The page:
A low shrub of base-rich substrates on mountains, occurring in moist or wet habitats, mostly in flushes, on gravelly soil near burns and on damp ledges of calcareous rock. From 460 m (Ben Lui, Mid Perth) to 870 m (Carn Gorm in Glen Lyon, Mid Perth) but rarely below 600 m.
This species may be more tolerant of grazing than most other montane Salix. The distribution has not significantly changed since the 1962 Atlas, but some new sites have been discovered. It was lost from two of the squares in S. Scotland before 1930.
European Arctic-montane element; absent from mountains of C. Europe.
Count of 10km squares in Great Britain: 48
Count of 10km squares in Ireland: 0
Count of 10km squares in the Channel Isles: 0
Atlas Change Index: -0.12
Scarce Atlas Account
Salix arbuscula L.
This low shrub grows on base-rich mountains. It is found in moist or wet conditions such as flushes, in gravelly soil inundated by mountain burns, or on damp ledges on calcareous rock. Its main associates are Alchemilla glabra, Saxifraga aizoides and S. oppositifolia. Other patterns of association depend on grazing pressure, and on ungrazed ledges it often grows with a wide range of calcicolous tall herbs. It occurs at altitudes ranging from 460 metres on Ben Lui to 870 metres on Carn Gorm in Glen Lyon.
Seed is produced in quantity in dense colonies, and must be the main means of reproduction. The discrete form of most bushes indicates that vegetative spread is not a significant factor in reproduction. As seedlings require predominantly bare soil and freedom from competition in order to establish (Stace 1975), few will develop under stable conditions. It is likely that the landslips and rockfalls occurring in montane habitats are necessary in order to create the conditions for significant seedling establishment.
In the Southern Uplands S. arbuscula has not been recorded since 1934. There are insufficient data to show any changes in its distribution in the Scottish Highlands. Grazing, and the habitat changes resulting from it, have undoubtedly affected its distribution by destroying plants or parts of plants, thereby reducing seed production and preventing regeneration. However, some dense stands of procumbent plants, surviving heavy sheep-grazing, suggest that mature S. arbuscula may be more tolerant of grazing than most other montane willows. Scattered or isolated individuals may represent occasional colonists but are more probably survivors of once more numerous populations.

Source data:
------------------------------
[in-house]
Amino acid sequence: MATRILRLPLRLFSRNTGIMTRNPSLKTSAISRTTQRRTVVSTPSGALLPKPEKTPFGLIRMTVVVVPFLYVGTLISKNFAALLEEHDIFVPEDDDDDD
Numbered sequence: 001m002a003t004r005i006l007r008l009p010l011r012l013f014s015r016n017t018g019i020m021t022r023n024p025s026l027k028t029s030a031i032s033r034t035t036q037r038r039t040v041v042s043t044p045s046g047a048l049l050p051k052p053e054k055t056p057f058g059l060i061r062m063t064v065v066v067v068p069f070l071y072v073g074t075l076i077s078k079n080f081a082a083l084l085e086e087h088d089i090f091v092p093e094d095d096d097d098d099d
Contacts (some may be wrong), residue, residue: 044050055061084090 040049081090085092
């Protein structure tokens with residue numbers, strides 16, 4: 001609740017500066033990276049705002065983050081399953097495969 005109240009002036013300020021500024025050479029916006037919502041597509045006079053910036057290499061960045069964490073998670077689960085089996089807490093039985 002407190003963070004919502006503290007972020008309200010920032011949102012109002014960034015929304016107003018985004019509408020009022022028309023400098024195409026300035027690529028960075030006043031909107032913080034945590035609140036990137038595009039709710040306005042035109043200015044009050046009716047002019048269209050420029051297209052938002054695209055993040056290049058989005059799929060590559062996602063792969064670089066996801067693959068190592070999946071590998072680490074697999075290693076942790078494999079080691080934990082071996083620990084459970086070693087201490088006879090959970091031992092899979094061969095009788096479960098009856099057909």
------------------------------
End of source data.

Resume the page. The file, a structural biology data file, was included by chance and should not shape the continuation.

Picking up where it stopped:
It is an arctic-alpine, Eurasiatic species, found in Scotland, Scandinavia, arctic Russia and the Urals, to Siberia and central Asia. Its European distribution is mapped by Jalas & Suominen (1976). Records from mountain ranges further south in Europe are based on misidentifications of other members of the S. arbuscula group (Meikle 1984).
Its distribution in Britain, especially at the edges of its range, is somewhat unclear because of confusion with small-leaved plants of S. myrsinifolia, S. myrsinites, S. phylicifolia and with large plants of S. herbacea.
D. K. Mardon
PLANTATT - Attributes of British and Irish plants. (.zip 1455KB) This dataset was compiled and published in 2004, and last updated in November 2008. Download includes an Excel spreadsheet of the attributes, and a PDF explaining the background and nomenclature. Note that the PDF version is the booklet as published, whereas the Excel spreadsheet incorporates subsequent corrections. A hardcopy can be purchased from the Centre for Ecology and Hydrology.
Atlas text references
1986. Atlas of north European vascular plants north of the Tropic of Cancer. 3 vols.
Jalas & Suominen (1976)
1990. Conservation of montane willow scrub in Scotland. Transactions of the Botanical Society of Edinburgh. 45:427-436.
1984. Willows and poplars of Great Britain and Ireland. Botanical Society of the British Isles Handbook no. 4.
1994. Scarce plants in Britain.